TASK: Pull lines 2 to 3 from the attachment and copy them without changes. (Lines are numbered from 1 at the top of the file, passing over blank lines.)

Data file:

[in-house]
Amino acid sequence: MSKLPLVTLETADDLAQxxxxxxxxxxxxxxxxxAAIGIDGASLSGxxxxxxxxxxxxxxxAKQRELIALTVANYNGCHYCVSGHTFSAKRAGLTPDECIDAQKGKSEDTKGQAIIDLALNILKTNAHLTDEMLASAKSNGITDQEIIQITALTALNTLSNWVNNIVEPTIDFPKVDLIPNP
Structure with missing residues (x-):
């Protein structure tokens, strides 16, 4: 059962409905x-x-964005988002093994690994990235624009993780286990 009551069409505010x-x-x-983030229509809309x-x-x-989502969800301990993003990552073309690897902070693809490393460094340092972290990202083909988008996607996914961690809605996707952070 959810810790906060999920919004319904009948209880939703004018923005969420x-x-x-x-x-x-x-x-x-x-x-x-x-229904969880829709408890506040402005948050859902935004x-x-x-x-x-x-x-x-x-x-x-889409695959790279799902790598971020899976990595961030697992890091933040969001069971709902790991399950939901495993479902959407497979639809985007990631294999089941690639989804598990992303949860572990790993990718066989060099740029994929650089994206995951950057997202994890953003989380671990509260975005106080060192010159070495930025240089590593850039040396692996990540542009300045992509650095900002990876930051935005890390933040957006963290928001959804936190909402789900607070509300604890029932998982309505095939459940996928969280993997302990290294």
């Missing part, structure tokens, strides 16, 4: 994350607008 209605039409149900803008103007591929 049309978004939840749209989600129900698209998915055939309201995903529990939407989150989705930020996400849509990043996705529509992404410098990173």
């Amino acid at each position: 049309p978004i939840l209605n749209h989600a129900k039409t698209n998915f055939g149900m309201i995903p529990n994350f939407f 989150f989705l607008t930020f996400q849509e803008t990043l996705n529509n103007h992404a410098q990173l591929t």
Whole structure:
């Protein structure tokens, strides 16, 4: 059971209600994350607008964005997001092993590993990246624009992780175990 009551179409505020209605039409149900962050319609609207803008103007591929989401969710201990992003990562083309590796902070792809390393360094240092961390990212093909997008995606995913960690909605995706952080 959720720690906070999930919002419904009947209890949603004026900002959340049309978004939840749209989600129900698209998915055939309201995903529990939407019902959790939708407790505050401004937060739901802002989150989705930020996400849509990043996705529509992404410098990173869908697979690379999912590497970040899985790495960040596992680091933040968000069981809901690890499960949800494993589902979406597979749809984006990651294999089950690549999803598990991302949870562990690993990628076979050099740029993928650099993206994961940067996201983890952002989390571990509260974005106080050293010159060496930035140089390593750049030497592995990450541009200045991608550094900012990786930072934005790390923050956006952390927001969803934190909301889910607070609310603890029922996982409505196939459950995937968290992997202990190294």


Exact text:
Amino acid sequence: MSKLPLVTLETADDLAQxxxxxxxxxxxxxxxxxAAIGIDGASLSGxxxxxxxxxxxxxxxAKQRELIALTVANYNGCHYCVSGHTFSAKRAGLTPDECIDAQKGKSEDTKGQAIIDLALNILKTNAHLTDEMLASAKSNGITDQEIIQITALTALNTLSNWVNNIVEPTIDFPKVDLIPNP
Structure with missing residues (x-):